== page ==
Pakistan quake survivors face long wait for aid
Pakistani survivors clear the debris of destroyed houses in the earthquake-devastated district of Awaran, on September 25, 2013. The death toll from the earthquake has soared to around 350 people with more than 500 injured.
More than 100,000 people made homeless by Tuesday's 7.7-magnitude quake spent a second night in the open or under makeshift shelters as response teams struggled to reach the remote region in the southwestern province of Baluchistan.
"At least 357 people died and 620 others injured," the Provincial Disaster Management Authority said in Quetta.
It said 311 people died in Awaran district, where the quake struck, and 46 were killed in neighbouring Kech district.
The sheer scale of the territory involved is daunting -- the population of Awaran is scattered over more than 21,000 square kilometres (8,000 square miles) of remote and rugged terrain -- and infrastructure is extremely limited, with few medical facilities or even roads.
The area is also home to Baluch separatist rebels waging a decade-long insurgency.
Highlighting the danger from militants, a helicopter carrying the head of the National Disaster Management Authority came under rocket fire in Awaran, though no damage was done and no one was hurt.
Hours later paramilitary troops helping the relief effort were fired at with small arms by suspected rebels, around 20 kilometres (12 miles) north of Awaran, but there were no casualties, a senior security official told AFP.
The quake is Pakistan's deadliest since the devastating Kashmir tremor of 2005 which killed 73,000. The toll is expected to rise further as rescue teams dig through the rubble of countless flattened mud-brick homes.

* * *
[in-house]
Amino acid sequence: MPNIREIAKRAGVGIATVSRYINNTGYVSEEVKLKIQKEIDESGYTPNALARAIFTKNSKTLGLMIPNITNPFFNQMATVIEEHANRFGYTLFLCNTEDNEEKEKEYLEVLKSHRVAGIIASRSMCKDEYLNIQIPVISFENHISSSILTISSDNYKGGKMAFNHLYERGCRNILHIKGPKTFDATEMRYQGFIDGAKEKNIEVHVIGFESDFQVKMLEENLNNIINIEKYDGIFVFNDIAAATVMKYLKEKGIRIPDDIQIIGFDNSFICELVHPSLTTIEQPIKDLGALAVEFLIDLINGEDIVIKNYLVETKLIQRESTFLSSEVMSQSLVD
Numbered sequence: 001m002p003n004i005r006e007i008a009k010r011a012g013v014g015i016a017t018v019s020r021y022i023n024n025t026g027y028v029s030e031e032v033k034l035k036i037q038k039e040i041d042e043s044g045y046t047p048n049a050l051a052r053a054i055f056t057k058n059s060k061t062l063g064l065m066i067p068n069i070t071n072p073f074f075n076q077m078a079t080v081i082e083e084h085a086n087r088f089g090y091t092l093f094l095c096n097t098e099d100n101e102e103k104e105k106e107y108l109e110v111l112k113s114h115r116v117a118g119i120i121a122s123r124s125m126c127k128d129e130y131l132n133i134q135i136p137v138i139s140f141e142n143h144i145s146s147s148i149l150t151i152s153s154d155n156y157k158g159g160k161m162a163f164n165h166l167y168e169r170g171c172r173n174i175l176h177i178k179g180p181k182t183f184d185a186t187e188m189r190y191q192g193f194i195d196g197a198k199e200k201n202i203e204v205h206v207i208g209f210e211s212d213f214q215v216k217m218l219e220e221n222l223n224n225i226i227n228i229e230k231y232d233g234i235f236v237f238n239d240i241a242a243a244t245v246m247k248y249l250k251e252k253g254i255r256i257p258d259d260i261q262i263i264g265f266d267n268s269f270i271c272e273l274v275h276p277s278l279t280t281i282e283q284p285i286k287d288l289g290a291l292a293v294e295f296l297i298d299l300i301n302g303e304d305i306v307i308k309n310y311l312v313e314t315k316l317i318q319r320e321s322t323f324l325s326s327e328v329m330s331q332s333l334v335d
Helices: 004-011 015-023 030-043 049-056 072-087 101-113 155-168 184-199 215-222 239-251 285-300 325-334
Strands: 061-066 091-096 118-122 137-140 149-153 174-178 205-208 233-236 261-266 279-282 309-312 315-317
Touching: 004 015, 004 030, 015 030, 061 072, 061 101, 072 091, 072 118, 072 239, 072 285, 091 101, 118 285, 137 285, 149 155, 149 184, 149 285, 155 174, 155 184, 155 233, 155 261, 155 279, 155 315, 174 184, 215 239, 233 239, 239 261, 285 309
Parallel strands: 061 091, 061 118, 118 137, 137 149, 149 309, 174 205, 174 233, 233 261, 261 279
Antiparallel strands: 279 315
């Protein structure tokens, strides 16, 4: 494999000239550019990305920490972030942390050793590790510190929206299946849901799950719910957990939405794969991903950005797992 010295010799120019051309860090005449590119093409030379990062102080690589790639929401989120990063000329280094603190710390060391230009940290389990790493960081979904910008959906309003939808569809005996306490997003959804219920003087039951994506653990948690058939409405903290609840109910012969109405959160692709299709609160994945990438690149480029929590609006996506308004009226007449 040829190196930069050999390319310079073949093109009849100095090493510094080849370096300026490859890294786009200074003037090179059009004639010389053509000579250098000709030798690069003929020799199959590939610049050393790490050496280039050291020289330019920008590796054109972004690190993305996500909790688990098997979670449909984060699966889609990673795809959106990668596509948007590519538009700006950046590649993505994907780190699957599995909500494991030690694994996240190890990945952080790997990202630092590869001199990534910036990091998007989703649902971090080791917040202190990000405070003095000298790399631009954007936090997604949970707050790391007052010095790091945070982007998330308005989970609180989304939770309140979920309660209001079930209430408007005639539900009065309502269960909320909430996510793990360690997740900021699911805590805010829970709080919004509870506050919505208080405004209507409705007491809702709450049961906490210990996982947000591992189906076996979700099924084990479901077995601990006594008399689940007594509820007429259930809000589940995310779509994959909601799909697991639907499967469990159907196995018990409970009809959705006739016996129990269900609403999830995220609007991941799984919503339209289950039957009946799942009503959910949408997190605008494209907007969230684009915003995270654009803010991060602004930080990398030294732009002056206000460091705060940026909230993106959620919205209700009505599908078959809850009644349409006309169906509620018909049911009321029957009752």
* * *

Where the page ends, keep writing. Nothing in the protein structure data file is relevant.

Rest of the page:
Interior Minister Chaudhry Nisar told parliament "huge activity" was under way to help those affected but he admitted teams were struggling to reach some areas, even 40 hours after the quake.
The army has sent troops, medical staff and helicopters to help with rescue efforts, along with seven tonnes of food and a tonne of medicine.
The government is preparing to send more than 14,000 tents, Nisar said, and is using a C-130 transport plane to reach difficult areas.
In Arawan town, around 200 angry survivors demonstrated outside government offices complaining they had not been given food or shelter.
Survivors in Gajjar, some 120 kilometres east of Awaran, where the quake killed at least 108 people, said they were forced to scavenge for food, complaining of a lack of government aid.
"The government is completely missing and we have not received a single relief item like tents or food," survivor Abdul Razzaq told AFP.
Abdul Rasheed, an other survivor in nearby Khaliq Abad said residents were raking through rubble to find biscuits to feed their children.
"I dug out biscuits from the dust from the rubble of my shop and gave it to my children as we have nothing to eat and we are eating raw barley to survive," Rasheed told AFP.
At a local madrassa administrator Hafiz Muhammad Ashraf showed AFP a mass grave of 22 female students who were buried in the rubble of the Muslim seminary.
An AFP reporter saw activists of the Baluchistan National Movement (BNM), a separatist party, helping the relief effort along with banned charity Jamaat-ud-Dawa (JuD), which is blamed for the 2008 Mumbai attacks that left 166 people dead.
Temperatures in the arid region were reaching 42 degrees Celsius (108 Fahrenheit) and many survivors said they were desperate for some relief from the blistering heat.
The provincial disaster official Kakar said the quake had left more than 100,000 people homeless in Arawan, a dirt-poor expanse of land roughly the size of Wales.
Besides flattening homes and affecting more than 300,000 people in six districts, according to the Baluchistan government, the earthquake even created a new island about 650 feet off the coast.
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